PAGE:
Academic Book About Emojis Can’t Include The Emojis It Talks About Because Of Copyright

Jieun Kiaer, an Oxford professor of Korean linguistics, recently published an academic book called Emoji Speak: Communications and Behaviours on Social Media. As you can tell from the name, it’s a book about emoji, and about how people communicate with them:

Exploring why and how emojis are born, and the different ways in which people use them, this book highlights the diversity of emoji speak. Presenting the results of empirical investigations with participants of British, Belgian, Chinese, French, Japanese, Jordanian, Korean, Singaporean, and Spanish backgrounds, it raises important questions around the complexity of emoji use.

Though emojis have become ubiquitous, their interpretation can be more challenging. What is humorous in one region, for example, might be considered inappropriate or insulting in another. Whilst emoji use can speed up our communication, we might also question whether they convey our emotions sufficiently. Moreover, far from belonging to the youth, people of all ages now use emoji speak, prompting Kiaer to consider the future of our communication in an increasingly digital world.

Sounds interesting enough, but as Goldman highlights with an image from the book, Kiaer was apparently unable to actually show examples of many of the emoji she was discussing due to copyright fears. While companies like Twitter and Google have offered up their own emoji sets under open licenses, not all of them have, and some of the specifics about the variations in how different companies represent different emoji apparently were key to the book.

So, for those, Kiaer actually hired an artist, Loli Kim, to draw similar emoji!

Note on Images of Emojis

The page reads as follows (with paragraph breaks added for readability):

Notes on Images of Emojis

Social media spaces are almost entirely copyright free. They do not follow the same rules as the offline world. For example, on Twitter you can retweet any tweet and add your own opinion. On Instagram, you can share any post and add stickers or text. On TikTok, you can even ‘duet’ a video to add your own video next to a pre-existing one. As much as each platform has its own rules and regulations, people are able to use and change existing material as they wish. Thinking about copyright brings to light barriers that exist between the online and offline worlds. You can use any emoji in your texts, tweets, posts and videos, but if you want to use them in the offline world, you may encounter a plethora of copyright issues.

In writing this book, I have learnt that online and offline exist upon two very different foundations. I originally planned to have plenty of images of emojis, stickers, and other multi-modal resources featured throughout this book, but I have been unable to for copyright reasons. In this moment, I realized how difficult it is to move emojis from the online world into the offline world.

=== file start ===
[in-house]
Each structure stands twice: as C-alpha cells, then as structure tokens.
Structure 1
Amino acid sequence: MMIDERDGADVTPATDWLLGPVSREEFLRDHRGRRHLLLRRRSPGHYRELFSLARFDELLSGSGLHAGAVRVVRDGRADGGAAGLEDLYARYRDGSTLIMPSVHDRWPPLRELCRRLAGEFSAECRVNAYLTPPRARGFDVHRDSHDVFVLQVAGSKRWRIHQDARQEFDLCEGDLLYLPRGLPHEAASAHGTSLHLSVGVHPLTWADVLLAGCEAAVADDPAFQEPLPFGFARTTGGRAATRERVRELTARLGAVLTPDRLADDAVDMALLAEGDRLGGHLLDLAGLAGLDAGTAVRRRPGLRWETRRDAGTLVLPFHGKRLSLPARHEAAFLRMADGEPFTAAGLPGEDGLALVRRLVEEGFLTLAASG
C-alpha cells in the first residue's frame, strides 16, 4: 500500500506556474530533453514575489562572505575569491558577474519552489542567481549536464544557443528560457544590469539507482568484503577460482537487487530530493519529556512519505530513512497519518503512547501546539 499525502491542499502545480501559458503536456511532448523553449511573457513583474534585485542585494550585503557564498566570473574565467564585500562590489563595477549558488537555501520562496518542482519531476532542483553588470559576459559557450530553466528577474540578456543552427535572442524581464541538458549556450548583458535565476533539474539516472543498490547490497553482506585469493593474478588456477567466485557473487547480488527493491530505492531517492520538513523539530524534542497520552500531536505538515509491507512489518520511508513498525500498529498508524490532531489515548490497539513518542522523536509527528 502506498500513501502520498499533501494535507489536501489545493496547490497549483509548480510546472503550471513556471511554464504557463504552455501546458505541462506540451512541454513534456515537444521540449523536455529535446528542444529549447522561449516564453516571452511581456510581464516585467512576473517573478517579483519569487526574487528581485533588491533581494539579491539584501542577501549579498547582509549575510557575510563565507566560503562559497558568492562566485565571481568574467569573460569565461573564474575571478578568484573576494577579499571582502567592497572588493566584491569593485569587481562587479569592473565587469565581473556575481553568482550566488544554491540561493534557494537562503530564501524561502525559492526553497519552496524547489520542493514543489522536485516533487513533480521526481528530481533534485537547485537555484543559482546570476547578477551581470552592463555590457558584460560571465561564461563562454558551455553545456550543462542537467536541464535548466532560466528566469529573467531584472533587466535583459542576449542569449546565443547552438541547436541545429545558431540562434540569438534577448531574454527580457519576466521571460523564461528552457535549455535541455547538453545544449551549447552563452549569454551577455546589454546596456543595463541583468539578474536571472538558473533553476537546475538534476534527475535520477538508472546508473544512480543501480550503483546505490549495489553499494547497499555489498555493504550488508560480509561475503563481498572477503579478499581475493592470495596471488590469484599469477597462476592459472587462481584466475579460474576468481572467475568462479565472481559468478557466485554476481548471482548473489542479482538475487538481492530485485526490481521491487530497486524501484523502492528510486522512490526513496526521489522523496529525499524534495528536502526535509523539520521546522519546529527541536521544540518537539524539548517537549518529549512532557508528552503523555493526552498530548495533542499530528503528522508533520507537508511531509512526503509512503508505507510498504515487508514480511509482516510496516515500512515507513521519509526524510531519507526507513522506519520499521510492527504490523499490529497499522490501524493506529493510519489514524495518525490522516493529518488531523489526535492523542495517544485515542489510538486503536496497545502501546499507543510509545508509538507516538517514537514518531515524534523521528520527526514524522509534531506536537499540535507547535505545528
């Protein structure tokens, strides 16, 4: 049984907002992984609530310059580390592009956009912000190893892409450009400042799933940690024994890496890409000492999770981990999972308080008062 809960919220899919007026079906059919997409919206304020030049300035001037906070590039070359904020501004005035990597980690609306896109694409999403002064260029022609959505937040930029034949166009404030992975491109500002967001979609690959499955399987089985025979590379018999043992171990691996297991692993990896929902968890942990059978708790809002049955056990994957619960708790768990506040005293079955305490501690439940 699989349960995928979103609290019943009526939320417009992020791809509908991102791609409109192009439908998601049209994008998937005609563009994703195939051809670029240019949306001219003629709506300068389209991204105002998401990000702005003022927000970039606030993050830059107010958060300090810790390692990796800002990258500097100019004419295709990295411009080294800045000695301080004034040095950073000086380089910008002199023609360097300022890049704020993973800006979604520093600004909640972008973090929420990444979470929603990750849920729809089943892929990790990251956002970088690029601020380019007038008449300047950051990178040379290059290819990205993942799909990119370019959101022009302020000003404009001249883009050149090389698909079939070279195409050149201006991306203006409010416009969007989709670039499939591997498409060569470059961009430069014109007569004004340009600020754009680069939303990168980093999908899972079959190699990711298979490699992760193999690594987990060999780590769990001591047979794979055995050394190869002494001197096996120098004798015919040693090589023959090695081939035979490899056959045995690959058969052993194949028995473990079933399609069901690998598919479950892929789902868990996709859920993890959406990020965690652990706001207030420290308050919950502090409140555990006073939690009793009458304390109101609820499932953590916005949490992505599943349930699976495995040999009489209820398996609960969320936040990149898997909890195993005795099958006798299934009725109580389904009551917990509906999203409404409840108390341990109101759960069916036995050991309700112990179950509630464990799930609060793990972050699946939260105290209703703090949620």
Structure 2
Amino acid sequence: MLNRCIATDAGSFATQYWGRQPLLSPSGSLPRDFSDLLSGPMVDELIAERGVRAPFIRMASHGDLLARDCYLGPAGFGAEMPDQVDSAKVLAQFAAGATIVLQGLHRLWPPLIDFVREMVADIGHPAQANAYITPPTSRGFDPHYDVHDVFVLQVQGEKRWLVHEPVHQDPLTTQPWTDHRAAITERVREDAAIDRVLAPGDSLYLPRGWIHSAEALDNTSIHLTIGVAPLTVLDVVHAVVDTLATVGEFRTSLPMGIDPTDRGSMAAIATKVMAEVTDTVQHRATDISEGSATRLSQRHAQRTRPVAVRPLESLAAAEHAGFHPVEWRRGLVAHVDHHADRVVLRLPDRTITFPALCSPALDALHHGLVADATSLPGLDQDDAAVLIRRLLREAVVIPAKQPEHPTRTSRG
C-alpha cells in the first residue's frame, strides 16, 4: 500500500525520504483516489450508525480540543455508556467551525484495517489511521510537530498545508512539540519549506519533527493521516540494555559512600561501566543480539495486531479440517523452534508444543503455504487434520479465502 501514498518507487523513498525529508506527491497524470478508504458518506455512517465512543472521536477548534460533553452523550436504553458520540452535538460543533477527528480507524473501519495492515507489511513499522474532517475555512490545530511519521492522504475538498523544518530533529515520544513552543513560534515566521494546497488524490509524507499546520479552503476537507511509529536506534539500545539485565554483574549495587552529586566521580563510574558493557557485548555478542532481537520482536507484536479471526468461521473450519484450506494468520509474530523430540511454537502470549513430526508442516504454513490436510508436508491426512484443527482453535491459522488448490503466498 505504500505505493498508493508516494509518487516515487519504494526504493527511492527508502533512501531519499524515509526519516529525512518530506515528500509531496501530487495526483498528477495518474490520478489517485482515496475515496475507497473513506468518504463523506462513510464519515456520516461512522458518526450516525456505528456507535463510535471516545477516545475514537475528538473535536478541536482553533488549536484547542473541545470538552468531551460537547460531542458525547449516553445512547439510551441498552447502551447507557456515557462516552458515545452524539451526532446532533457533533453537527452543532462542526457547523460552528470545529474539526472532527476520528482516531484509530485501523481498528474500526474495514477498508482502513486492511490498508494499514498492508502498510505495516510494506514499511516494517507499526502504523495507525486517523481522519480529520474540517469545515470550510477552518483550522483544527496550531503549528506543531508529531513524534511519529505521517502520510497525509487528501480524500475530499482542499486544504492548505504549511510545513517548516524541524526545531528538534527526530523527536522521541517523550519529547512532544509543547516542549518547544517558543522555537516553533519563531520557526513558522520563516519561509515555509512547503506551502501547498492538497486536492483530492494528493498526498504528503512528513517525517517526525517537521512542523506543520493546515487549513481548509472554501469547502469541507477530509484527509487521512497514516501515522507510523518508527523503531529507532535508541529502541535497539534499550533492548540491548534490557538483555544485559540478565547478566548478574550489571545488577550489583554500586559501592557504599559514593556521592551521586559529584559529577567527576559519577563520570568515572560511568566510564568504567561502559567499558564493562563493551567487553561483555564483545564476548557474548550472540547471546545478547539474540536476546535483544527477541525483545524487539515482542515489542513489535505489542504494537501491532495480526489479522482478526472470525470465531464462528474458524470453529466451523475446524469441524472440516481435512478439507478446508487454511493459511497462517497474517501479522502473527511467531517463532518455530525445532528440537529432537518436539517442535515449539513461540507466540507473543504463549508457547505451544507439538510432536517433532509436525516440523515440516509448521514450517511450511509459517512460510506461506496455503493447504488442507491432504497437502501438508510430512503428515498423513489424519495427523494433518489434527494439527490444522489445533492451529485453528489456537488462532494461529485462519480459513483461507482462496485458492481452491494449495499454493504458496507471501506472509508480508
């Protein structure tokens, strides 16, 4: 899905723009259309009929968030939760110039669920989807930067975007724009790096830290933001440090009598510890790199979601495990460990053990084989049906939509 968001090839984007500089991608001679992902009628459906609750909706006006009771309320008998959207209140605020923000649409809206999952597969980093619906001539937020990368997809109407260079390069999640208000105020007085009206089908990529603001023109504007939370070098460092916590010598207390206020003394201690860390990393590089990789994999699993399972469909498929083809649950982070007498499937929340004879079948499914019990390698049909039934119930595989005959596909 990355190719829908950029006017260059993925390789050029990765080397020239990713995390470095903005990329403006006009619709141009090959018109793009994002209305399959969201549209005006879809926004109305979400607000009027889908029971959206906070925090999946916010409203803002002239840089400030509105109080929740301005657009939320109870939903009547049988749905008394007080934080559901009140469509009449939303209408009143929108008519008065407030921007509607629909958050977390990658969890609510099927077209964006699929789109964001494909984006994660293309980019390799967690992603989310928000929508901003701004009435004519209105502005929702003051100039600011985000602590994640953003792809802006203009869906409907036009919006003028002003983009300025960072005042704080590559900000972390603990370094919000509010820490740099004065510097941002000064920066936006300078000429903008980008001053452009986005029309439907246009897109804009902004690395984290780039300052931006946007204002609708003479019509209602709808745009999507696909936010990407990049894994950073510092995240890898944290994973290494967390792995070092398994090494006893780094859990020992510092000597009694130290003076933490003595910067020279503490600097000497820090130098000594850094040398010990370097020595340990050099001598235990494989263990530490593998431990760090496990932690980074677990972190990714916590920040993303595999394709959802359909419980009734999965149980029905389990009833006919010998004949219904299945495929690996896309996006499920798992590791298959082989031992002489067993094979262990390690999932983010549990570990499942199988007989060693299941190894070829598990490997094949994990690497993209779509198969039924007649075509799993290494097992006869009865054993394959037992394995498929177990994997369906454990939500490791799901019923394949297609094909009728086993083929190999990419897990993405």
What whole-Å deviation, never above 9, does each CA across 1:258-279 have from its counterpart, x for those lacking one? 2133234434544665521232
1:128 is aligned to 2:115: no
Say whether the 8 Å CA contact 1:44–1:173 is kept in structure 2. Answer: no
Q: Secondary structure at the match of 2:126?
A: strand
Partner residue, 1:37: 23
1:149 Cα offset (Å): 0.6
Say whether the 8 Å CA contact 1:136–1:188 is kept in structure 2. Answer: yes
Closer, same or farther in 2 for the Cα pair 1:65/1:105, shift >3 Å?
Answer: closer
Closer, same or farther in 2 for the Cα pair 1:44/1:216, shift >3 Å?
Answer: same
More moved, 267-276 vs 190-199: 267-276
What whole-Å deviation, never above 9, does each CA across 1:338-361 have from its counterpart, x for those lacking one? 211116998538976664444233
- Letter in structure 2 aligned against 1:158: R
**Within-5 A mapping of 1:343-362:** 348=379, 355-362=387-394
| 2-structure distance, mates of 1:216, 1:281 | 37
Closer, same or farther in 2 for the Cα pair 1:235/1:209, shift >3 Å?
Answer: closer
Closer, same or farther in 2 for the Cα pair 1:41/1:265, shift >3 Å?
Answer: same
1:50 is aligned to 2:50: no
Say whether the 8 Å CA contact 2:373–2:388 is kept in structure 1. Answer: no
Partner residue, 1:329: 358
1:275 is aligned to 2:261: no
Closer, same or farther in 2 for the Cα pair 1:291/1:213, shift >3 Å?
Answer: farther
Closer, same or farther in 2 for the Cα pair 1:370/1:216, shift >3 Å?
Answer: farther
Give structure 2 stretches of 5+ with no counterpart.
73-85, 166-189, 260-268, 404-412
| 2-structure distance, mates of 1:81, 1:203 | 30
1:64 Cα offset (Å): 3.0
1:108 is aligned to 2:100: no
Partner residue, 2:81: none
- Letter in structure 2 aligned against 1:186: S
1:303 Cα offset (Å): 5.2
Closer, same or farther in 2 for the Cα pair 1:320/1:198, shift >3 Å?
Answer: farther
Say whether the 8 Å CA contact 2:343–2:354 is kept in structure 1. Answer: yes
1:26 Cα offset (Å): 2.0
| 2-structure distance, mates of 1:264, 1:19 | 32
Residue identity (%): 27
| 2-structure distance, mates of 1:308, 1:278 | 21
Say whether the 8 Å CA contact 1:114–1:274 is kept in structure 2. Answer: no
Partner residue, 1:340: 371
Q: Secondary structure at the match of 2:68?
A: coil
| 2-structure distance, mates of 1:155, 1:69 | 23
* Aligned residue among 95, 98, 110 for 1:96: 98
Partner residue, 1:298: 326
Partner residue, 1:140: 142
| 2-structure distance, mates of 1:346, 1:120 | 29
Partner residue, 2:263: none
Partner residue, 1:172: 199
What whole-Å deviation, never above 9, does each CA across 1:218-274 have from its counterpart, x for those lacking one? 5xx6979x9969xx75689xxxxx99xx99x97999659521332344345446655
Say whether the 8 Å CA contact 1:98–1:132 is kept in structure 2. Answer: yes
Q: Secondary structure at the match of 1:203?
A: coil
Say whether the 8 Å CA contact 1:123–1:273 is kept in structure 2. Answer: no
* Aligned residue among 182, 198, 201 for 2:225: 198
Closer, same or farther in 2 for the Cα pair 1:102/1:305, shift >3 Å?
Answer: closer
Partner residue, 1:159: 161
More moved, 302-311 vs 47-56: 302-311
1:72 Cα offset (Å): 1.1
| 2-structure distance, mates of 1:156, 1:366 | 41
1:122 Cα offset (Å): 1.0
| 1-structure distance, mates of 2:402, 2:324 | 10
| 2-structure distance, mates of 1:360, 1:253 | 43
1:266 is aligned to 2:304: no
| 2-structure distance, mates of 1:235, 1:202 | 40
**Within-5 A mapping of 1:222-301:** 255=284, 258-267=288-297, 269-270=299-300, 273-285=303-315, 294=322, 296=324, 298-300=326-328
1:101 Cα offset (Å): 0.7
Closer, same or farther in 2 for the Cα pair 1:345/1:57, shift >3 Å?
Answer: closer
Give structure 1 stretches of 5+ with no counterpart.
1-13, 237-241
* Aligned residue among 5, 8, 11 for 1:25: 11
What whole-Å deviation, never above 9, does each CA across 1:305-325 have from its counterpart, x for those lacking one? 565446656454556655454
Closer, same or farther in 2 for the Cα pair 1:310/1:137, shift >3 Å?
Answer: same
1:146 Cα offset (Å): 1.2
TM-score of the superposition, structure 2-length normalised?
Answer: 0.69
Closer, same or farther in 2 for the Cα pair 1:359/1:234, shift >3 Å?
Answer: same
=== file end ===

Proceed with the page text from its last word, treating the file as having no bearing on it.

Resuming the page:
Even though I am writing this book about emojis and their significance in our lives, I cannot use images of them in even an academic book. Were I writing a tweet or Instagram post, however, I would likely have no problem. Throughout this book, I stress that emoji speak in online spaces is a grassroots movement in which there are no linguistic authorities and corporations have little power to influence which emojis we use. Comparatively, in offline spaces, big corporations take ownership of our emoji speak, much like linguistic authorities dictate how we should write and speak properly.

This sounds like something out of a science fiction story, but it is an important fact of which to be aware. While the boundaries between our online and offline words may be blurring, barriers do still exist between them. For this reason, I have had to use an artist’s interpretation of the images that I originally had in mind for this book. Links to the original images have been provided as endnotes, in case readers would like to see them.

Just… incredible. Now, my first reaction to this is that using the emoji and stickers and whatnot in the book seems like a very clear fair use situation. But… that requires a publisher willing to take up the fight (and an insurance company behind the publisher willing to finance that fight). And, that often doesn’t happen. Publishers are notoriously averse to supporting fair use, because they don’t want to get sued.

But, really, this just ends up highlighting (once again) the absolute ridiculousness of copyright in the modern world. No one in their right mind would think that a book about emoji is somehow harming the market for whatever emoji or stickers the professor wished to include. Yet, due to the nature of copyright, here we are. With an academic book about emoji that can’t even include the emoji being spoken about.

Source: Academic Book About Emojis Can’t Include The Emojis It Talks About Because Of Copyright | Techdirt

Robin Edgar

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